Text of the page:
Mental Health  

Providing hope, encouragement, inspiration, and resources for those dealing with mental illnesses as well as their family and friends.  

From Darkness Into Light Resources

From the Therapist's View:

A lot of us are scared to go to a mental health professionals, such as a therapist or a psychiatrist, for the first time. Don't wait to get help. Don't wait like I did. I waited 5 months after I initially got the symptoms of major depression, self-harmed myself and had continuous specific thoughts of suicide. If I didn't wait that long, I probably would've not had come to a breaking point on May 21st, 2013 when I almost committed suicide. 

In this section, my hope for you is to learn a little bit more of therapists through their own viewpoints. Hope you enjoy.

What would you recommend to a person who is going to a therapist for a first time?

“Searching for a therapist can be an overwhelming task. I would recommend starting to looking at your in-network providers through your insurance provider network so that you will be covered at the highest level of coverage. Next, I would find providers that have the experience in which you are searching for help (such as anxiety, trauma, or bipolar). You can request this specific information before setting up an appointment. Once you have found a provider and have a scheduled appointment, attend with an open mind. It is often awkward talking to a complete stranger with very personal

“Clients will benefit by doing their own research as it relates to their present need. The treatment modalities are vast and help is available to all. The key is to hone in on your unique story. As a client, ask for what you need, being transparent helps both the client and the therapist. EMDR is appropriate for those in need of replacing traumatic events. EFT is helpful as is VCD for displacing and recoding memory.”

“Tell the therapist why you are there, what your goals are, and what your current understanding of your "issue" is (cause, symptoms, possibility of change). This will give the therapist a chance to get a sense of you, what language you speak, and what you are wanting from him/her. Then ask the therapist to explain his/her understanding of the "issue" you are wanting help with, what his/her methodology  is, and what to expect regarding change.”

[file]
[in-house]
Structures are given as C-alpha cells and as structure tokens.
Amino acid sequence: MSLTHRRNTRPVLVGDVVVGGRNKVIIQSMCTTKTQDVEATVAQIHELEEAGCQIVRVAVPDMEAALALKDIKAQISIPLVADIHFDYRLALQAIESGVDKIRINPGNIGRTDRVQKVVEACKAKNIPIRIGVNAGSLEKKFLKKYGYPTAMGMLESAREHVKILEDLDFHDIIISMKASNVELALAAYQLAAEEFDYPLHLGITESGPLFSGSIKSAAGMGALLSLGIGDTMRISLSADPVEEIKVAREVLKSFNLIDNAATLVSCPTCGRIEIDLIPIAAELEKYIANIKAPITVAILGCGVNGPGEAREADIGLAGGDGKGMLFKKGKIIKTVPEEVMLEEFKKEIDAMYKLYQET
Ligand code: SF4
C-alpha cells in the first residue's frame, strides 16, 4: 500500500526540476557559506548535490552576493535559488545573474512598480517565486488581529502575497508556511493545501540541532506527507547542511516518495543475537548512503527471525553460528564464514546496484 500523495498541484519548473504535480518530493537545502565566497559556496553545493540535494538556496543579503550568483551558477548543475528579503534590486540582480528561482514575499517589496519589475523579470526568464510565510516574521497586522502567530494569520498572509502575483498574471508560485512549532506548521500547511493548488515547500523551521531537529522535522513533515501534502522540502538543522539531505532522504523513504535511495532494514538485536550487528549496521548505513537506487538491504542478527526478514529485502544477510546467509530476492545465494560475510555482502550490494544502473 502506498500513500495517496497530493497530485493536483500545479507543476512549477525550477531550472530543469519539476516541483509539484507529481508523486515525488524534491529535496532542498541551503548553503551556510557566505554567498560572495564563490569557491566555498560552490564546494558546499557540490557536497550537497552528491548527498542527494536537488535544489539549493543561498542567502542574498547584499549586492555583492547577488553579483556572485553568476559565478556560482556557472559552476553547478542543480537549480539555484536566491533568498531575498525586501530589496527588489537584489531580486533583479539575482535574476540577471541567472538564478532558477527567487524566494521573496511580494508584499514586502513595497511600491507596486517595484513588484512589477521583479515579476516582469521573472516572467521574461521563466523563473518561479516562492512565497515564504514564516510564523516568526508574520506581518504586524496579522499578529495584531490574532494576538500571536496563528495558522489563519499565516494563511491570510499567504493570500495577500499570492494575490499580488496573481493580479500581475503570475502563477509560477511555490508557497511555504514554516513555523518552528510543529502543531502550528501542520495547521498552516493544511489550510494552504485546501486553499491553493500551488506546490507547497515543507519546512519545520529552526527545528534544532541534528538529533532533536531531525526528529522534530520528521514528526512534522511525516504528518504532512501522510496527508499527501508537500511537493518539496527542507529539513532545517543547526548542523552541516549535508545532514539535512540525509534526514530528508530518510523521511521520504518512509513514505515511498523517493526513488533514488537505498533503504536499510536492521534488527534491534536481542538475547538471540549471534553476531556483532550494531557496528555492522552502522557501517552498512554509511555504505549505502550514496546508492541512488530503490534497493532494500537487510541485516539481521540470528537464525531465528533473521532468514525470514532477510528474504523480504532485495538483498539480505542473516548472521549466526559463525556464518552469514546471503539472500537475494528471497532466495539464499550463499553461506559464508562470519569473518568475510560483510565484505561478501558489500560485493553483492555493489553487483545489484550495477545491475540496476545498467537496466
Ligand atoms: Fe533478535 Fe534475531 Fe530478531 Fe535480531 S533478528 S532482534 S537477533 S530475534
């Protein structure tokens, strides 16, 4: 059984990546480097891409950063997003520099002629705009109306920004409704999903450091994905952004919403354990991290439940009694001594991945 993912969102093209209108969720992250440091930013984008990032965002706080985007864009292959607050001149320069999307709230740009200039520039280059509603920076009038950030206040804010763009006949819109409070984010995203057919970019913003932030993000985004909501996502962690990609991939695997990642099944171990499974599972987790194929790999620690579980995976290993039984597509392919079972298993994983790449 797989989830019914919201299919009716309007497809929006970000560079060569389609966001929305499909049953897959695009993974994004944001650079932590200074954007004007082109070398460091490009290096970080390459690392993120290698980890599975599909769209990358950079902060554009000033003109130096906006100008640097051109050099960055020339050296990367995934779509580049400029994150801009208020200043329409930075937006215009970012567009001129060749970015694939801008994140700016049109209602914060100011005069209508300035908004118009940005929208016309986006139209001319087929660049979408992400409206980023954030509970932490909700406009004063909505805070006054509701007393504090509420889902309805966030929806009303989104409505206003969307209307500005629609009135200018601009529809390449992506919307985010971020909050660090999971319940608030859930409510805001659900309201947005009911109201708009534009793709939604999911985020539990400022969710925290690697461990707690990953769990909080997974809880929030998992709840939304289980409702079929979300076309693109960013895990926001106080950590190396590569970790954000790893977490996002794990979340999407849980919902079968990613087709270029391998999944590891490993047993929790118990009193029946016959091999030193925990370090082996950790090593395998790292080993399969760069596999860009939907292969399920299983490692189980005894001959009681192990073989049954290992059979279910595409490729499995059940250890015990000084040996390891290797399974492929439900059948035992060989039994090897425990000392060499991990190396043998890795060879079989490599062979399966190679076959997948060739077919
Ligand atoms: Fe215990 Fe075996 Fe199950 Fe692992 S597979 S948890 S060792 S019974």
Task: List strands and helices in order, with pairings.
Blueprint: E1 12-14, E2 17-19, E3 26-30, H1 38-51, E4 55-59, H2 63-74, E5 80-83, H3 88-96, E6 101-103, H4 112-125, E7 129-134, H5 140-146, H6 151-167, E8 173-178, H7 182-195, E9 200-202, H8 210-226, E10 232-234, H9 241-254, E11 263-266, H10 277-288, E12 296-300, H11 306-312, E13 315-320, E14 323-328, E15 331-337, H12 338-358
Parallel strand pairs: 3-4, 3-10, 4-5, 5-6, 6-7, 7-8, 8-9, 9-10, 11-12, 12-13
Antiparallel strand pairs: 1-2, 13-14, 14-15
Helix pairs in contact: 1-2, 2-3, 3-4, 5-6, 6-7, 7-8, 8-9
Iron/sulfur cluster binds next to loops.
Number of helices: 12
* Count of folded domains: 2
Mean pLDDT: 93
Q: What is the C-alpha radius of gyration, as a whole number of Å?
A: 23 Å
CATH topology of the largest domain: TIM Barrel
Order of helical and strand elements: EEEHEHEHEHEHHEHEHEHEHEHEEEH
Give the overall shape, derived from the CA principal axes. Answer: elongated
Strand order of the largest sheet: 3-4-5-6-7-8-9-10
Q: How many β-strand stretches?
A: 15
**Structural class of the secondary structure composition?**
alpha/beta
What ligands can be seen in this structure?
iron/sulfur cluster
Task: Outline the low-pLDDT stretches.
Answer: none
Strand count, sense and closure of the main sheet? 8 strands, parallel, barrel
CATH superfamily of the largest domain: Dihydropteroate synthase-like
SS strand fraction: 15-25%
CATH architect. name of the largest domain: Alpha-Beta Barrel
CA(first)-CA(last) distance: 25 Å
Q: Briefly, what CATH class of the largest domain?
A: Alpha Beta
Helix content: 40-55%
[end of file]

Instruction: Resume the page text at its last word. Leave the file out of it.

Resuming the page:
“Always be assessing your therapist to determine if they are a good fit for you. Therapeutic relationships are similar to other relationships, in that not all of them are always a good fit. The therapeutic relationship can be used as a tool to transform our patterns of communication, and is perhaps the most important factor in cultivating successful therapy.”

“I would want to start off and say congratulations for reaching out to enhance your mental health and well-being. I would also say, like most things in life, you definitely get out what you put into your therapy so it’s important to have a sense of what you are hoping to receive from engaging in therapy and being willing to share that openly with your therapist. Finally and perhaps most importantly, it is important to find a good fit as the therapeutic relationship is so important to successful outcomes and quality experience. I recommend doing some “quality” online research, and asking trusted others for recommendations to help connect you with someone who you would work well with.”

What kinds of therapies are available? Which types do you therapy are you trained in?

“I am a licensed clinical social worker with a Masters degree in social work. The social work field is often misunderstood. The best way to describe social work training is that problems are viewed in a whole person perspective. These perspectives involve a client’s child development, education, job situations, family dynamics and the environment they live in because each are dependent on one another. I am trained in crisis mental health. I have worked on all levels of care (in-home, in school, ER, Mental Health Hospital units, and as an outpatient therapist providing therapy. I generally like to practice from the strengths perspective with clients because we can build on the strong qualities they posses currently. I tend to practice cognitive behavioral therapy mostly because I feel it is important to change the negative thought process individuals use to cope while surviving a difficult situation needs to be relearned in a more appropriate healthier coping style. Essentially the Narrative Therapy is useful in re-writing one’s life story to be more positive, accepting, and rewarding in one’s current circumstance. Therapies are used together and are conformed by individual needs.”